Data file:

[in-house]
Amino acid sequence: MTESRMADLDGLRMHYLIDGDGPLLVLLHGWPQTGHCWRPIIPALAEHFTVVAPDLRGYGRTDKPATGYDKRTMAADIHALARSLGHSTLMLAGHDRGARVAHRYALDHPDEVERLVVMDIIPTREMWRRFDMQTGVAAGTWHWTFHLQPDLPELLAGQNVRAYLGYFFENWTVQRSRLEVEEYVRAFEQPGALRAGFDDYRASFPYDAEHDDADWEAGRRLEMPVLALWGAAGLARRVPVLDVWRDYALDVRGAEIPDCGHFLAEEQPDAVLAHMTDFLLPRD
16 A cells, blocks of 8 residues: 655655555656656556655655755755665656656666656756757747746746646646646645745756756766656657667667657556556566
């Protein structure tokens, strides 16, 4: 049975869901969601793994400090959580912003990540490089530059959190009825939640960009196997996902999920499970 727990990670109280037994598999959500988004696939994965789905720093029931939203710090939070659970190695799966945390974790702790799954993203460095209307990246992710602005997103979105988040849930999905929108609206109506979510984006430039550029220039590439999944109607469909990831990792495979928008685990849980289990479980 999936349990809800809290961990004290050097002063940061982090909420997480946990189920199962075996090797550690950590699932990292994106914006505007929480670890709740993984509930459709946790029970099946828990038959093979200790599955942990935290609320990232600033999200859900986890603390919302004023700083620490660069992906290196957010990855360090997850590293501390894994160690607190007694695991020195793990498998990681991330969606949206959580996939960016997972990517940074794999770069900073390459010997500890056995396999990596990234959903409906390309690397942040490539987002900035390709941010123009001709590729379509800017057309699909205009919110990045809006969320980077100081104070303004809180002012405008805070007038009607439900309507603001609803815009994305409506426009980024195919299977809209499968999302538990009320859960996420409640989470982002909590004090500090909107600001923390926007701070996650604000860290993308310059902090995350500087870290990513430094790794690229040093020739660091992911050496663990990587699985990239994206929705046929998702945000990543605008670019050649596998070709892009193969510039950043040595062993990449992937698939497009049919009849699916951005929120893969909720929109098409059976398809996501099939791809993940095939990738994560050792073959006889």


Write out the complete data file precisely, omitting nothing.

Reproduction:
[in-house]
Amino acid sequence: MTESRMADLDGLRMHYLIDGDGPLLVLLHGWPQTGHCWRPIIPALAEHFTVVAPDLRGYGRTDKPATGYDKRTMAADIHALARSLGHSTLMLAGHDRGARVAHRYALDHPDEVERLVVMDIIPTREMWRRFDMQTGVAAGTWHWTFHLQPDLPELLAGQNVRAYLGYFFENWTVQRSRLEVEEYVRAFEQPGALRAGFDDYRASFPYDAEHDDADWEAGRRLEMPVLALWGAAGLARRVPVLDVWRDYALDVRGAEIPDCGHFLAEEQPDAVLAHMTDFLLPRD
16 A cells, blocks of 8 residues: 655655555656656556655655755755665656656666656756757747746746646646646645745756756766656657667667657556556566
């Protein structure tokens, strides 16, 4: 049975869901969601793994400090959580912003990540490089530059959190009825939640960009196997996902999920499970 727990990670109280037994598999959500988004696939994965789905720093029931939203710090939070659970190695799966945390974790702790799954993203460095209307990246992710602005997103979105988040849930999905929108609206109506979510984006430039550029220039590439999944109607469909990831990792495979928008685990849980289990479980 999936349990809800809290961990004290050097002063940061982090909420997480946990189920199962075996090797550690950590699932990292994106914006505007929480670890709740993984509930459709946790029970099946828990038959093979200790599955942990935290609320990232600033999200859900986890603390919302004023700083620490660069992906290196957010990855360090997850590293501390894994160690607190007694695991020195793990498998990681991330969606949206959580996939960016997972990517940074794999770069900073390459010997500890056995396999990596990234959903409906390309690397942040490539987002900035390709941010123009001709590729379509800017057309699909205009919110990045809006969320980077100081104070303004809180002012405008805070007038009607439900309507603001609803815009994305409506426009980024195919299977809209499968999302538990009320859960996420409640989470982002909590004090500090909107600001923390926007701070996650604000860290993308310059902090995350500087870290990513430094790794690229040093020739660091992911050496663990990587699985990239994206929705046929998702945000990543605008670019050649596998070709892009193969510039950043040595062993990449992937698939497009049919009849699916951005929120893969909720929109098409059976398809996501099939791809993940095939990738994560050792073959006889």